What is the difference between Zanjan copper and Isfahan copper?
Zanjan and Isfahan provinces are both producers of high-quality copper with ancient backgrounds, but there are slight differences between the copper of these two cities that it is better to know. The differences between Zanjan copper and Isfahan copper are:
– Zanjan copper utensils have much more variety compared to Isfahan.
– Isfahan copper artisans produce calligraphy, engraving, and turquoise work, which is produced in Zanjan in very limited quantities.
– High-quality cooking utensils are produced in Zanjan.
– Most of the products of Isfahan copper artisans are decorative utensils.
Related points about copper utensils
Although the production of copper utensils is considered one of the Iranian handicrafts, it is also used in our daily lives, especially in cooking. Copper utensils have a special place in kitchens, and it is necessary to know some points about using them for cooking.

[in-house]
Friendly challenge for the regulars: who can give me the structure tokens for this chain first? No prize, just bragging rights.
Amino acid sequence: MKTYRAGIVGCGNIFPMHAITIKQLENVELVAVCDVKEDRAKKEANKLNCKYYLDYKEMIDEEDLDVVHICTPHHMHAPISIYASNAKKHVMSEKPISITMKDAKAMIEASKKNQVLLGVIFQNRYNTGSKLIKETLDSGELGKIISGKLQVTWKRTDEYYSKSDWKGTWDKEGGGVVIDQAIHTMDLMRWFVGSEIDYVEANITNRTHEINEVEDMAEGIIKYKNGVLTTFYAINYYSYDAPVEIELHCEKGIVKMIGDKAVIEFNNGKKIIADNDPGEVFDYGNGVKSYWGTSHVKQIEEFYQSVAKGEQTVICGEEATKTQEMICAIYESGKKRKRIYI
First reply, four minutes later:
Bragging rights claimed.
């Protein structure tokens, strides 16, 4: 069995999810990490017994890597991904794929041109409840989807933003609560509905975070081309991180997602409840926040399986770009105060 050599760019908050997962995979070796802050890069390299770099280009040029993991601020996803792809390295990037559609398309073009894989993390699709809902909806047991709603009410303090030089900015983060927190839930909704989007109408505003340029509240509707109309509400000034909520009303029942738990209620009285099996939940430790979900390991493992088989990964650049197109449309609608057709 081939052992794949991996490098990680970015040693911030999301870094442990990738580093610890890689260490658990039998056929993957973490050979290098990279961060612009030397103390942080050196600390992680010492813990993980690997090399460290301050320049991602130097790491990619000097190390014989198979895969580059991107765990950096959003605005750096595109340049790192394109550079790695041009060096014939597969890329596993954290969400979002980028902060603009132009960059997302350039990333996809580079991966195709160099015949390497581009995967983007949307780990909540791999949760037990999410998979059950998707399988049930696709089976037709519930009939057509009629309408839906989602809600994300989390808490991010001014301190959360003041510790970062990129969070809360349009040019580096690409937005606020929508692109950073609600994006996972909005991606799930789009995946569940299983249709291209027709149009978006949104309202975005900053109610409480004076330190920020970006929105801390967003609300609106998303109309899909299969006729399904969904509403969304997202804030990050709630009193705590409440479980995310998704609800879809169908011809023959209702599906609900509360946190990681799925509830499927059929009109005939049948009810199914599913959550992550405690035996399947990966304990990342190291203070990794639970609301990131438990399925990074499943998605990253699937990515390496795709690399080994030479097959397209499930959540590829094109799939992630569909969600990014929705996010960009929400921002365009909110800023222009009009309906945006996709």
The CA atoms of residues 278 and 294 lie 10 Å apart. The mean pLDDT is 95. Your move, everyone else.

– Copper utensils are available in two colors: red (pure copper) and white (tin-plated). For cooking, beverages, various pickles, and other materials that can dissolve copper, it is necessary to use white utensils, which means that the surface in contact with these materials should be tin-plated.
– Excessive copper absorption in the body can lead to poisoning. (As long as there is a layer of tin on the copper, there is no problem.)
– For dry food items such as pastries, you can use copper utensils without tin plating without any concerns.
– To increase the lifespan of utensils and improve cooking, it is recommended to use a gentle flame and moderate heat.
4. Enamelwork (Mina Kari)
Enamelwork is one of the most beautiful handicrafts in Iran, with a history of 5,000 years. The origin of enamelwork can be traced back to Iran, and this beautiful art has spread to other parts of the world. During the Seljuk period, enamelwork reached its peak using brass vessels decorated with enamel. These vessels became widely popular among the people. During the Mongol rule, enamelwork changed and a new method was developed, creating new designs using various shapes and images.
5. Handwoven Carpets